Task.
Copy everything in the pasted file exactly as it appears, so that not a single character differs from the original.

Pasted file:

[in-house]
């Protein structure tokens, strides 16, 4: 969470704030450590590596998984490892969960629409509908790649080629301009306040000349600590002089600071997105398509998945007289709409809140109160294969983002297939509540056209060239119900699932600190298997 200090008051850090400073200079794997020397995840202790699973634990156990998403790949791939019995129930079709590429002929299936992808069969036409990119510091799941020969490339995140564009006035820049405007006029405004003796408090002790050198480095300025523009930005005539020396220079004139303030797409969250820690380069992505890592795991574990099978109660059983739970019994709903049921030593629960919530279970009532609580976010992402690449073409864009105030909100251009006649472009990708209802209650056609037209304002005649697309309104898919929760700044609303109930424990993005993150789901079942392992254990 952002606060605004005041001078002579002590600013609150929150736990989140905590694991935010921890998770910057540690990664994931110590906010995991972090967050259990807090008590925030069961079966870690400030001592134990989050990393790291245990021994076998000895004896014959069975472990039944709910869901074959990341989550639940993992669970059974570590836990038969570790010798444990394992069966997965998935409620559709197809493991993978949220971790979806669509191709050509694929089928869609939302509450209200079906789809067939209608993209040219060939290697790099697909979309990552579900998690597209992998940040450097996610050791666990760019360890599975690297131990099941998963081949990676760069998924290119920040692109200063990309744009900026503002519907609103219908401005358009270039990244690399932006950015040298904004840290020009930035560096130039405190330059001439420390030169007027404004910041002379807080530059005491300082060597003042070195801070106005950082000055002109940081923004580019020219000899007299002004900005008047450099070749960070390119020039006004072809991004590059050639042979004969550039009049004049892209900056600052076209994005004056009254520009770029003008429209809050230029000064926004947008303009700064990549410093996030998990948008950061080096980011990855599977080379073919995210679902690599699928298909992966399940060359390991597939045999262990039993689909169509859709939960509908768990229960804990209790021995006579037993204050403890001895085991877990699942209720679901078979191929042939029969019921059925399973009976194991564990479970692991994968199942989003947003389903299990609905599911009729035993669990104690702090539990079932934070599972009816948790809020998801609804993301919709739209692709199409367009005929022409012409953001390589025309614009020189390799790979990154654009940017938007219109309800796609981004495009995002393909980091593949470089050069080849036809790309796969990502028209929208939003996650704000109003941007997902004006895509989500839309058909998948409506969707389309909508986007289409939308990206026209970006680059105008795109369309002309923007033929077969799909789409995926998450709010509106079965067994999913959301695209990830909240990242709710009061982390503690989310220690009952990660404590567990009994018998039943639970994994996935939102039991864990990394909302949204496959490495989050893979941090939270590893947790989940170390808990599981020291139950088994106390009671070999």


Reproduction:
[in-house]
């Protein structure tokens, strides 16, 4: 969470704030450590590596998984490892969960629409509908790649080629301009306040000349600590002089600071997105398509998945007289709409809140109160294969983002297939509540056209060239119900699932600190298997 200090008051850090400073200079794997020397995840202790699973634990156990998403790949791939019995129930079709590429002929299936992808069969036409990119510091799941020969490339995140564009006035820049405007006029405004003796408090002790050198480095300025523009930005005539020396220079004139303030797409969250820690380069992505890592795991574990099978109660059983739970019994709903049921030593629960919530279970009532609580976010992402690449073409864009105030909100251009006649472009990708209802209650056609037209304002005649697309309104898919929760700044609303109930424990993005993150789901079942392992254990 952002606060605004005041001078002579002590600013609150929150736990989140905590694991935010921890998770910057540690990664994931110590906010995991972090967050259990807090008590925030069961079966870690400030001592134990989050990393790291245990021994076998000895004896014959069975472990039944709910869901074959990341989550639940993992669970059974570590836990038969570790010798444990394992069966997965998935409620559709197809493991993978949220971790979806669509191709050509694929089928869609939302509450209200079906789809067939209608993209040219060939290697790099697909979309990552579900998690597209992998940040450097996610050791666990760019360890599975690297131990099941998963081949990676760069998924290119920040692109200063990309744009900026503002519907609103219908401005358009270039990244690399932006950015040298904004840290020009930035560096130039405190330059001439420390030169007027404004910041002379807080530059005491300082060597003042070195801070106005950082000055002109940081923004580019020219000899007299002004900005008047450099070749960070390119020039006004072809991004590059050639042979004969550039009049004049892209900056600052076209994005004056009254520009770029003008429209809050230029000064926004947008303009700064990549410093996030998990948008950061080096980011990855599977080379073919995210679902690599699928298909992966399940060359390991597939045999262990039993689909169509859709939960509908768990229960804990209790021995006579037993204050403890001895085991877990699942209720679901078979191929042939029969019921059925399973009976194991564990479970692991994968199942989003947003389903299990609905599911009729035993669990104690702090539990079932934070599972009816948790809020998801609804993301919709739209692709199409367009005929022409012409953001390589025309614009020189390799790979990154654009940017938007219109309800796609981004495009995002393909980091593949470089050069080849036809790309796969990502028209929208939003996650704000109003941007997902004006895509989500839309058909998948409506969707389309909508986007289409939308990206026209970006680059105008795109369309002309923007033929077969799909789409995926998450709010509106079965067994999913959301695209990830909240990242709710009061982390503690989310220690009952990660404590567990009994018998039943639970994994996935939102039991864990990394909302949204496959490495989050893979941090939270590893947790989940170390808990599981020291139950088994106390009671070999």